Progressive Governance Needs a Social Credit State
Critics of the Chinese Communist regime often point toward the government’s social credit system, in which the government traces individuals’ electronic paths, from their comments on social media to items they purchase, and issues rewards and punishments based on the information collected. For example, a Chinese citizen who receives a “bad” social credit score might not be permitted to ride one of the famous high-speed trains, being relegated to the slower trains for travel, and might be denied air travel.
Not surprisingly, people in the West have denounced the system as being heavy-handed, including CBS News, hardly a voice of antiprogressivism:
The fear is that the government will use the social credit scoring system to punish people who are not sufficiently loyal to the communist party, and trying to clear your name or fight your score is nearly impossible since there is no real due process.
Human Rights Watch, hardly a right-wing entity, is even more scathing in its criticism of China’s system:
Apple CEO Tim Cook looks forward to a “common future in cyberspace” with China, he told the Chinese government’s World Internet Conference earlier this month. This was an embarrassing gesture toward a state that aggressively censors the internet and envisions a dystopian future online.
Other progressive entities, including the New York Times, also have been critical of China’s social credit system but apparently have no problem with the establishment of a similar de facto
system here. The Washington Post went even further, openly taking part in a social credit scheme by publicly identifying people who recently contributed to the Canadian truck protesters and demanding to know why they gave money.
Understand that the Washington Post accessed an illegally hacked document and then used it as a weapon against people who dared contribute to something with which the newspaper’s staff disagreed, and the purpose was not to be informative but rather to endanger contributors and make them vulnerable to job loss, public shaming, and other kinds of attacks. This is not a rendition of “Democracy Dies in Darkness” but rather an attempt to impose a greater darkness on all of us.
Not that long ago, political liberals universally would have agreed that using massive electronic surveillance to monitor speech and political contributions was unthinkable. Today, not one mainstream journalistic entity has raised a question about the actions taken by Canada’s government against dissenters or even questioned the Post’s doxing of those contributors. One surmises that the editors of the Post agree with Prime Minister Justin Trudeau, since many protesters do not share the political views of the Post’s staff.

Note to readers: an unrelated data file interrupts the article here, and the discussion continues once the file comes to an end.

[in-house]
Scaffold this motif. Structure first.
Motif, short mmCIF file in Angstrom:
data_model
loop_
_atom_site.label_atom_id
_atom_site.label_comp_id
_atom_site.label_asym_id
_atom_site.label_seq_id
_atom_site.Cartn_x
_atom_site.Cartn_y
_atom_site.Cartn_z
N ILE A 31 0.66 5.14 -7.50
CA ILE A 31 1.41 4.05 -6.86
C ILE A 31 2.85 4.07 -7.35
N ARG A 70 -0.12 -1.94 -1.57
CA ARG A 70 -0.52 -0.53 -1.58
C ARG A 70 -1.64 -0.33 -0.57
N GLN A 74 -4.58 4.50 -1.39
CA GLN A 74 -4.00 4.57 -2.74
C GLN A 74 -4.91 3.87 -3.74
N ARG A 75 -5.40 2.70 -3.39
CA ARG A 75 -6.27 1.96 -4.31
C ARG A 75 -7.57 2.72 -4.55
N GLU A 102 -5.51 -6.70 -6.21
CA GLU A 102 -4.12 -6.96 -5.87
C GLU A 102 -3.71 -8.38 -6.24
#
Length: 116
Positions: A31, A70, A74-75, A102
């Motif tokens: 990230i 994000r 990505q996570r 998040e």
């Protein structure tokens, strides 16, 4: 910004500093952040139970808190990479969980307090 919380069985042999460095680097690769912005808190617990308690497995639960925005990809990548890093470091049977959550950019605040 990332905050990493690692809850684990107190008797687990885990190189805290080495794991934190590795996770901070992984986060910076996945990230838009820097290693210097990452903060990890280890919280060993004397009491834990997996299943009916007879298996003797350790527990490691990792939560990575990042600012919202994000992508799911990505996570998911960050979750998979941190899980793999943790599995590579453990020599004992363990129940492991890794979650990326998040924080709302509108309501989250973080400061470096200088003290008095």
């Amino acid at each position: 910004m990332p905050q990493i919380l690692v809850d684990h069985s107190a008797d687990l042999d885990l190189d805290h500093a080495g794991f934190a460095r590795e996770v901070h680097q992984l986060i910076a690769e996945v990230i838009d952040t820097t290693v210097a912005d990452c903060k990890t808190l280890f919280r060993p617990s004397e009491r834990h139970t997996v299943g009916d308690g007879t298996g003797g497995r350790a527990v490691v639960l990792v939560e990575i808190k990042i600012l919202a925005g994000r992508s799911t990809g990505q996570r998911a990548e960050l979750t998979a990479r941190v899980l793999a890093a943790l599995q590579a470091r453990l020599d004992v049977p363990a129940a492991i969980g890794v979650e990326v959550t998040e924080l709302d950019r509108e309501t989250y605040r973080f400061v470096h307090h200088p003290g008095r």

The Washington Post is hardly the only entity that has taken the view that supporting the truckers is tantamount to supporting the Nazi Party. The New York Times has denounced the truckers as violent terrorists, in contrast to the demonstrators in 2020 that “peacefully” destroyed huge portions of American cities, killing and looting as they went. Writes Paul Krugman:
[T]his isn’t a grass-roots trucker uprising. It’s more like a slow-motion Jan. 6, a disruption caused by a relatively small number of activists, many of them right-wing extremists. At their peak, the demonstrations in Ottawa reportedly involved only around 8,000 people, while numbers at other locations have been much smaller.
Despite their lack of numbers, however, the protesters have been inflicting a remarkable amount of economic damage. The U.S. and Canadian economies are very closely integrated. In particular, North American manufacturing, especially but not only in the auto industry, relies on a constant flow of parts between factories on both sides of the border. As a result, the dis
Article from Mises Wire